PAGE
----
My biggest worry with the tungsten is the recent research on it's cancer effect in mice. I don't currently see that as a huge issue. However, could see others grabbing onto it and twisting it.

I think we should have stuck with lead and took more precautions.

Mauserguy
July 30, 2005, 12:11 PM
Okay, I have a question. For pistols, why can't we just use plastic, maybe weighted with an internal core of ceramic or something. I know that it would be ballisticaly inferior to lead, and would not be suitable for defensive loads, but at the range that most people shoot pistols, would it really make much of a difference for simple paper punching? Of course, for rifle practice, it would not work, but why not for pistols.
Mauserguy

armoredman
July 30, 2005, 01:23 PM
Agh, guess it's paintball for military practice from now on.....

Tag
July 30, 2005, 09:48 PM
would it be so terribly difficult to line the underside of their backstops with... say concrete or something?

Standing Wolf
July 30, 2005, 09:52 PM
They could just keep finding issues with all the options and drive the cost of everything up to the point were civilains won't be able to afford to shoot or may not have a place to shoot.

Bingo! I'm sure that's a topic under hot discussion in leftist extremist circles. The issue won't be whether to ban lead in ammunition, but how, followed by banning tungsten in ammunition, copper in ammunition, and...

KriegHund
July 30, 2005, 10:15 PM
It also found tungsten enables lead to move through the soil more quickly.

How ironic.

MarkDido
July 30, 2005, 10:16 PM
"It's frustrating," Col. William FitzPatrick of the National Guard's Environmental Readiness Center said Thursday. "You're doing what you think are the right things. As science evolves, you wonder, 'Am I in front of the curve, or behind?' "

National Guard Environmental Readiness Center?? :banghead:

Doc
July 30, 2005, 11:20 PM
i thought the green bullets were copper and tin???
sinterfire (http://www.sinterfire.com/who.htm) website says

SinterFire designs and manufactures all of its components. We have complete control of all products and operations. We do not outsource. SinterFire has developed exclusive metal composite materials based on copper/tin with proprietary lubricants. A controlled amount of dry lubricant is retained at the bullet surface as well as being impregnated throughout the finished component.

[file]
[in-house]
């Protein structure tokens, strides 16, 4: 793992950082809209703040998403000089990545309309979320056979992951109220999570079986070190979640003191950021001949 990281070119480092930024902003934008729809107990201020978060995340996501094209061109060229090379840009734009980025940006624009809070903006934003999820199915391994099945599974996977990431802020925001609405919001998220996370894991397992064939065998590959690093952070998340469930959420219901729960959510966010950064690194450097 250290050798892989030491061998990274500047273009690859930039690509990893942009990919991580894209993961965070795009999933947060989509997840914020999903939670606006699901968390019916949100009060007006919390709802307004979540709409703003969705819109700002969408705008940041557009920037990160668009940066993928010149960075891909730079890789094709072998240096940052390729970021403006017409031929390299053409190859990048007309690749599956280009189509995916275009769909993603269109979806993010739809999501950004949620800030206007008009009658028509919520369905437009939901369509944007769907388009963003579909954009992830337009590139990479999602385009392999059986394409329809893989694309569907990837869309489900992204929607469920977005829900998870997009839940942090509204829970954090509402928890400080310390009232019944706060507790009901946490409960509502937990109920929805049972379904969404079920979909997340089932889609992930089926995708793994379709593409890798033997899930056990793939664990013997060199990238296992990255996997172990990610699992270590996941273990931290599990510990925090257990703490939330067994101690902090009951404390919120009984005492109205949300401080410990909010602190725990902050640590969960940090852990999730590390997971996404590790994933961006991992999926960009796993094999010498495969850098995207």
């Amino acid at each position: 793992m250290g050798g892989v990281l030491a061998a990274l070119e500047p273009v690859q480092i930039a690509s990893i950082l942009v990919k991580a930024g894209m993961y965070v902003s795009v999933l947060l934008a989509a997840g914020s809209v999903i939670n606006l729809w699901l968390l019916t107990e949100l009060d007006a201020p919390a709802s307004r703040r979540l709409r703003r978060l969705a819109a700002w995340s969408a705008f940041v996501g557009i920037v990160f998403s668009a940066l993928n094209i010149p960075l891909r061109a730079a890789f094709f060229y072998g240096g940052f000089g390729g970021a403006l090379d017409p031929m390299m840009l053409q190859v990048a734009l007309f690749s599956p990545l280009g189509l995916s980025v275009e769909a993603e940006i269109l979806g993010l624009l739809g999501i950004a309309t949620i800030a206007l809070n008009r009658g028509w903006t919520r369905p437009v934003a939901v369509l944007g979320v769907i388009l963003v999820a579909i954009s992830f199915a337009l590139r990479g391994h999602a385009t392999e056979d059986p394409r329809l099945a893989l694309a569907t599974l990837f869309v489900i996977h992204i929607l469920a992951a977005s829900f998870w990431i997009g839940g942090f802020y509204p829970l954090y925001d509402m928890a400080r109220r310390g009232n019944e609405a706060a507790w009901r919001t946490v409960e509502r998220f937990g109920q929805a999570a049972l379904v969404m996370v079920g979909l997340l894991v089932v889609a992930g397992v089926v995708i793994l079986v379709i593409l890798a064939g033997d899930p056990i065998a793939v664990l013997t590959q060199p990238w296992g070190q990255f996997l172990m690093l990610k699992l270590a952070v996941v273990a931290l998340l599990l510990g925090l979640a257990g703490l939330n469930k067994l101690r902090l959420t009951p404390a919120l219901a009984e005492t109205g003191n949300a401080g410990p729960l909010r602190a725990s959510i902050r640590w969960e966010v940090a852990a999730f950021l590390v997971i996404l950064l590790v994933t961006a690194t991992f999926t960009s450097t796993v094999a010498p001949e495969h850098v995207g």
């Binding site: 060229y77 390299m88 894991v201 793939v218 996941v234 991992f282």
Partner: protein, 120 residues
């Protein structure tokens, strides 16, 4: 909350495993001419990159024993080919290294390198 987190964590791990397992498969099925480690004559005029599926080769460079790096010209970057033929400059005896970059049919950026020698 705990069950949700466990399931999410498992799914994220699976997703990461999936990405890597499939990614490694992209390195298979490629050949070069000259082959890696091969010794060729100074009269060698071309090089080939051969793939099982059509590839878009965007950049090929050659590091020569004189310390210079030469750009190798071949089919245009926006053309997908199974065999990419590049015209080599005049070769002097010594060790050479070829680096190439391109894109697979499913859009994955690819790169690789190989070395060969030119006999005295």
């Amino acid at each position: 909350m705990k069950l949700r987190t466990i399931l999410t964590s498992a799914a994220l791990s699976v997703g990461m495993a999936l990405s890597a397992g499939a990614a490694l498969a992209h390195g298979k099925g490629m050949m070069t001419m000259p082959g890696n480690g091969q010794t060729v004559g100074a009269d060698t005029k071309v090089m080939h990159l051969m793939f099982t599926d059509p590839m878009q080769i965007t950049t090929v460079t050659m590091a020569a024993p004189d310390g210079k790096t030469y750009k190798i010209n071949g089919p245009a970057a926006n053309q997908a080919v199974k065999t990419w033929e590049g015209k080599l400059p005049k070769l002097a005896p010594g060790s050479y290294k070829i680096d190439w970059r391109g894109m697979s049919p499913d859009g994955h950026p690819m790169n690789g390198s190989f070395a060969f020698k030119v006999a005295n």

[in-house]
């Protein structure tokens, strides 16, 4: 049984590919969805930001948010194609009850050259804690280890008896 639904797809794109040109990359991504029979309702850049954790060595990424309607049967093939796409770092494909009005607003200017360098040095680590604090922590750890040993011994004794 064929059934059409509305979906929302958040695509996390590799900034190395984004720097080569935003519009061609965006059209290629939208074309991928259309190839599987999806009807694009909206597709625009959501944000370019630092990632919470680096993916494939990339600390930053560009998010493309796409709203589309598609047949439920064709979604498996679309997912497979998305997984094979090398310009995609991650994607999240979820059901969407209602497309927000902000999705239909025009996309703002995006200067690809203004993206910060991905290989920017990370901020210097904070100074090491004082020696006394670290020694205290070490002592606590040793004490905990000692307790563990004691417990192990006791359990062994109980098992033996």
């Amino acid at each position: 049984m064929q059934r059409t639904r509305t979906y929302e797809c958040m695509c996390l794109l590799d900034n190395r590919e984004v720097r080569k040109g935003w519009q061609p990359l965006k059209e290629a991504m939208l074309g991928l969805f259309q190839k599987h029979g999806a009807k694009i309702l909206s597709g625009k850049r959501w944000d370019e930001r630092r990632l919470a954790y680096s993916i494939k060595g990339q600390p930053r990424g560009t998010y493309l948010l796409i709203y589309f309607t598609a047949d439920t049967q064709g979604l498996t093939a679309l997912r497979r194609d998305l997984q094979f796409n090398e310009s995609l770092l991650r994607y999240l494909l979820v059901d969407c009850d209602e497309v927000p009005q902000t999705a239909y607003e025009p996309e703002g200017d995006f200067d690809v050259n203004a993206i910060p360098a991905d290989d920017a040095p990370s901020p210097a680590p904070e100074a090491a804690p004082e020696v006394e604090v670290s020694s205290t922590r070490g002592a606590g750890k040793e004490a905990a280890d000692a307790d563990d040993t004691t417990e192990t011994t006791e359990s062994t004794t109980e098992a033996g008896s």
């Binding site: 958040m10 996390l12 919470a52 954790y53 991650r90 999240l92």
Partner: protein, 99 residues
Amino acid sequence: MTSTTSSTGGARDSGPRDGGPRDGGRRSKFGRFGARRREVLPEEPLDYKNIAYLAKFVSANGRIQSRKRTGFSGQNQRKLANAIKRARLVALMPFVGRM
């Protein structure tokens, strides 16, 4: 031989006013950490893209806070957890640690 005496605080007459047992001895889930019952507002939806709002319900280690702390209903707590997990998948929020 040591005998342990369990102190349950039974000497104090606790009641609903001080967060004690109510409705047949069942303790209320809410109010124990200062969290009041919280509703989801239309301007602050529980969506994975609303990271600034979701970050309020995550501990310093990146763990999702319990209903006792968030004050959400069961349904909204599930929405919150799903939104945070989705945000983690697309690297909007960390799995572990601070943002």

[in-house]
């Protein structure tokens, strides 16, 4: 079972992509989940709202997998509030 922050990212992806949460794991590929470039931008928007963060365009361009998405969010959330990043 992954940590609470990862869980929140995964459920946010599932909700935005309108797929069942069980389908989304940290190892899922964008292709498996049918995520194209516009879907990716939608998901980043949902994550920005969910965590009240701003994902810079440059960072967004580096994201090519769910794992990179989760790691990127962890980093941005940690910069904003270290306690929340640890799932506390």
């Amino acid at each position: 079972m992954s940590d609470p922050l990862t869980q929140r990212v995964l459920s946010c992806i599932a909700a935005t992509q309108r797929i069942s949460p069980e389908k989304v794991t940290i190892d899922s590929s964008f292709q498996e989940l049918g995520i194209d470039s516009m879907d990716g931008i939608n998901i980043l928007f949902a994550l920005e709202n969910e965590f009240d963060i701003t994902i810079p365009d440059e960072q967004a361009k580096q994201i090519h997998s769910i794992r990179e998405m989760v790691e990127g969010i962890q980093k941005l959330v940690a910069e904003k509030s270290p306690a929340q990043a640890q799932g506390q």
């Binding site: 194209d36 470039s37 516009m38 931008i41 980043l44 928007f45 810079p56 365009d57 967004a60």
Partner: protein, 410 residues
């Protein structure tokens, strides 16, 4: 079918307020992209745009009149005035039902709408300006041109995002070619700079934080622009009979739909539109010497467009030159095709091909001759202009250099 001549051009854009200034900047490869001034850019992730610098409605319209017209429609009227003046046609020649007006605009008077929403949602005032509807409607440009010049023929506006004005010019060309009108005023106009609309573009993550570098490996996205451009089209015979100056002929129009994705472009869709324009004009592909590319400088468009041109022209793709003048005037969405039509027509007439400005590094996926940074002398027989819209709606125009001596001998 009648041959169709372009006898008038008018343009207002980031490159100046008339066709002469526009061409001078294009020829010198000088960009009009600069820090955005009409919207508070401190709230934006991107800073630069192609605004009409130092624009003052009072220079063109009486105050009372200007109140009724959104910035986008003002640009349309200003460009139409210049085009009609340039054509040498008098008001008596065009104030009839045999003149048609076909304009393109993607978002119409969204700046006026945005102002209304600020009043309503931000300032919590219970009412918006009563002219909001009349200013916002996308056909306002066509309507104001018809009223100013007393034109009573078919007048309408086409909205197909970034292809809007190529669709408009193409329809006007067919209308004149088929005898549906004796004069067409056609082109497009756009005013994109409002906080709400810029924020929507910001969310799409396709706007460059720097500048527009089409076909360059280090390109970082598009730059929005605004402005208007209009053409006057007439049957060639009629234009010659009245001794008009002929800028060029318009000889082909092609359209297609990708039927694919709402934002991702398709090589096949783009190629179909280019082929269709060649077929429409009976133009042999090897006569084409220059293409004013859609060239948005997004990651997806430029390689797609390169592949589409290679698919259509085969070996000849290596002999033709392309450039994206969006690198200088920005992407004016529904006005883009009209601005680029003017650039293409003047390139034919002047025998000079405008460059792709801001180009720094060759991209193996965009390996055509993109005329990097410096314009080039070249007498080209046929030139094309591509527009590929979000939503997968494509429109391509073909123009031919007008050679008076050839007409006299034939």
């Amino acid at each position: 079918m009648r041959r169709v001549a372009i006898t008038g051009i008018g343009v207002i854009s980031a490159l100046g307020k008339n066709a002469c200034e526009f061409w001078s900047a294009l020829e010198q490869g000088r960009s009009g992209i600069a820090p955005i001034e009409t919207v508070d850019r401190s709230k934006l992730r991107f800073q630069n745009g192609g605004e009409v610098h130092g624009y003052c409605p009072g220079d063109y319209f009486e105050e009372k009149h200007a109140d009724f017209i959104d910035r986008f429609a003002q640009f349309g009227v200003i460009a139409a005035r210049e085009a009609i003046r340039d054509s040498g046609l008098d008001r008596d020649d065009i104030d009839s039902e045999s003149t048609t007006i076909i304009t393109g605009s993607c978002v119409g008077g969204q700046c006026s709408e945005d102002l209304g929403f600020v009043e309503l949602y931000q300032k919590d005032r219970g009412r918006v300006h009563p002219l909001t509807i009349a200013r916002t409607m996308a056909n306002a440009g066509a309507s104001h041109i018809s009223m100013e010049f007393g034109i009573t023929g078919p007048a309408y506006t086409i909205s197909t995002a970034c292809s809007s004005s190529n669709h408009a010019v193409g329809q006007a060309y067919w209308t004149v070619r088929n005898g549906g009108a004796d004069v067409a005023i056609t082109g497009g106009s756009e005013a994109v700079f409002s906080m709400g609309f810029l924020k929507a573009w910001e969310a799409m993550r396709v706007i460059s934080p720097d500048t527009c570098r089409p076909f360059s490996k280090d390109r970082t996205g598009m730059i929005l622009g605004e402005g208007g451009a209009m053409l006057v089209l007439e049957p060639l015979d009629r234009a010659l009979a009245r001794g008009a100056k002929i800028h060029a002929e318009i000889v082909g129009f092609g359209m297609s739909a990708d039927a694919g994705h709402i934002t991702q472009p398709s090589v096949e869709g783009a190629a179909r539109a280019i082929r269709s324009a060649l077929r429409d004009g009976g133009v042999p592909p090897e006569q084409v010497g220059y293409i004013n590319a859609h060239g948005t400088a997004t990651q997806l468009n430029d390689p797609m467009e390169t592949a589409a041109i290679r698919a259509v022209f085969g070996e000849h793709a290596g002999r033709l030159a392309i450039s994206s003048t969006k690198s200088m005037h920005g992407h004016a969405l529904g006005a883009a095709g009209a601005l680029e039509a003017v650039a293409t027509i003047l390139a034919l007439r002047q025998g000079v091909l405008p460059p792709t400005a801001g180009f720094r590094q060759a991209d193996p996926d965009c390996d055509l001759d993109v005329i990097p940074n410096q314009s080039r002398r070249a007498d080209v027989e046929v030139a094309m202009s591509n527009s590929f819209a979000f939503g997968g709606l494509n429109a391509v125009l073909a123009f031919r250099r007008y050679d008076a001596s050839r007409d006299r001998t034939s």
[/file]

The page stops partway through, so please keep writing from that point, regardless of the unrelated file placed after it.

Cesiumsponge
July 30, 2005, 11:24 PM
Is it the Army's own study that starts to contradict their earlier findings? If OSHA, NIOSH, and ACGIH don't have major issues with it, I think they're just trying to find something to complain about. Granted, the bigger issue might be that tungsten might as a catalyst that makes lead more readily absorbed into groundwater tables.

I guess we better ban all arms! It'll keep arms out of the hands of guerilla forces globally as well as keeping arms out of the hands of criminals on the streets nationally! More legislation, more legislation!

hso
July 30, 2005, 11:30 PM
The tungsten bullet is a polymer/tungsten powder composite.

This is a single study and as such has little scientific weight. Information about what conditions resulted in tungsten solubility in the field would be helpful to determine if these conditions can actually exist. Since that information isn't readily available with a search I'll wait to see what other studies come out.

K-Romulus
July 31, 2005, 11:56 AM
the DOD stuff uses one recipe, Sinterfire another recipe, and PMC Green (with Longbow branded "green" bullets) a third copper/polymer recipe . . . plus the Winchester?/Remington? "Disintegrator" probably has it's own formula as well. :confused: